An extract from ‘The Leukaemia Diaries’

I have Lukemia? Or is it Leukemia….no…I think it’s Leukaemia…bugger it…I have cancer of the blood, and this is a documentary of my journey from just before being diagnosed with Chronic Myeloid Leukaemia (CML), through the scary ‘I’m going to die’ bit, the joys of having bone marrow samples taken, chemotherapy, and then getting back to work and beyond.

I started writing this book because my wife said: “You really should write all this stuff down, it could help someone going through the same thing you are.” I guess what she meant by ‘all this stuff’, was all the experiences and emotions I was going through and the way I was coping with them. Initially, I thought it would be a bit egotistical of me to write a book on cancer. After all, what could I possibly have to say that would be worth listening to, never mind worth buying a book for? But as time passed, I found myself talking to more and more people who were either suffering from some form of cancer or who had someone close to them who was affected. I began to realise that my outlook on cancer was different and my way of dealing with it was equally as unique, so perhaps I did have something useful to say.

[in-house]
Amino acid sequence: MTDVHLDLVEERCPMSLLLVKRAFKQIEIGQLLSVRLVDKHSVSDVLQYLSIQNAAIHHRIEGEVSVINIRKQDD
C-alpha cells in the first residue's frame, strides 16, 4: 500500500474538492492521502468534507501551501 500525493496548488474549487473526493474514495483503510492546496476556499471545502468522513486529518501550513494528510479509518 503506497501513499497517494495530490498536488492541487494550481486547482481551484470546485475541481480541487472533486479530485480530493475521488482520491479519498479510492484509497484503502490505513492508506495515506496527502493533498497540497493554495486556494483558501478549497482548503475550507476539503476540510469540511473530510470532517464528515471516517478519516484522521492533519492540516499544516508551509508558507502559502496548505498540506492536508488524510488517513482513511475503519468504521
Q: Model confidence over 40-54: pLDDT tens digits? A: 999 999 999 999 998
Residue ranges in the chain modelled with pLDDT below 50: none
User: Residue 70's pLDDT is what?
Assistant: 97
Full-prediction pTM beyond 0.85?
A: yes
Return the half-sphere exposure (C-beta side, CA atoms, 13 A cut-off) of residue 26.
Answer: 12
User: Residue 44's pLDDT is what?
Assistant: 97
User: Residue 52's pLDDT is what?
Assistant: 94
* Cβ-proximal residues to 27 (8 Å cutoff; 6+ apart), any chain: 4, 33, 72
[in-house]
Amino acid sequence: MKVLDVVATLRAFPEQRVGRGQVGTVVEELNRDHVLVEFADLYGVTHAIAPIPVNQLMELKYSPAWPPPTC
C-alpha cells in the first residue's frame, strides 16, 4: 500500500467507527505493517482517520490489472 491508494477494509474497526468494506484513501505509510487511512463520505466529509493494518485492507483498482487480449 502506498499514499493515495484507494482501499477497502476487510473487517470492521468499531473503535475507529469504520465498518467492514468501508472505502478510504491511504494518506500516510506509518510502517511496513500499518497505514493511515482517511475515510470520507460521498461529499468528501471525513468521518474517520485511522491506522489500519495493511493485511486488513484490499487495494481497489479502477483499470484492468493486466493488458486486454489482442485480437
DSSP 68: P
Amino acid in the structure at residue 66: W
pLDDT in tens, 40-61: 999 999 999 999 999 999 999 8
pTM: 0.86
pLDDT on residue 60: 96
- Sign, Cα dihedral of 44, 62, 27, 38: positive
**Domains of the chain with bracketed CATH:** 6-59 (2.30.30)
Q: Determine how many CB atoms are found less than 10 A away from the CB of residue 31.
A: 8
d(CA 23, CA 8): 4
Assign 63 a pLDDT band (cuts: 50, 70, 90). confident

With the realisation that I had cancer, came the debilitating devastation that left me feeling so cold, scared and alone. I could have easily curled up into a ball and just given up, but I didn’t. Instead of letting the enormous task ahead overwhelm me, I did what I always do…I took baby steps and tackled my condition one step at a time. This gave me the strength to face each stage of my treatment with a smile on my face. Even in the darkest of times, I would always find something to laugh about (well, almost always). It wasn’t bravado or some attempt to look cool and it certainly wasn’t me ignoring the gravity of my situation. It was more instinctive. Over the years, I have trained myself not to waste time worrying. I see no point in the emotion; it serves no purpose and only succeeds in causing pain and anguish. The way I see it is, if something bad is on the horizon, you do all you can to prepare for it, then forget about it. If you’ve done all you can to prepare for it, will thinking about it every second of the day help? No, of course not. So why worry? Sounds simple I know, but with a little practice, it becomes second nature. That’s why I found I could cope with my leukaemia so well. I knew that the doctors were doing their best to help me, so all I had to do was take the medication and follow a few lifestyle instructions. Would worrying about what might happen help my situation? No.

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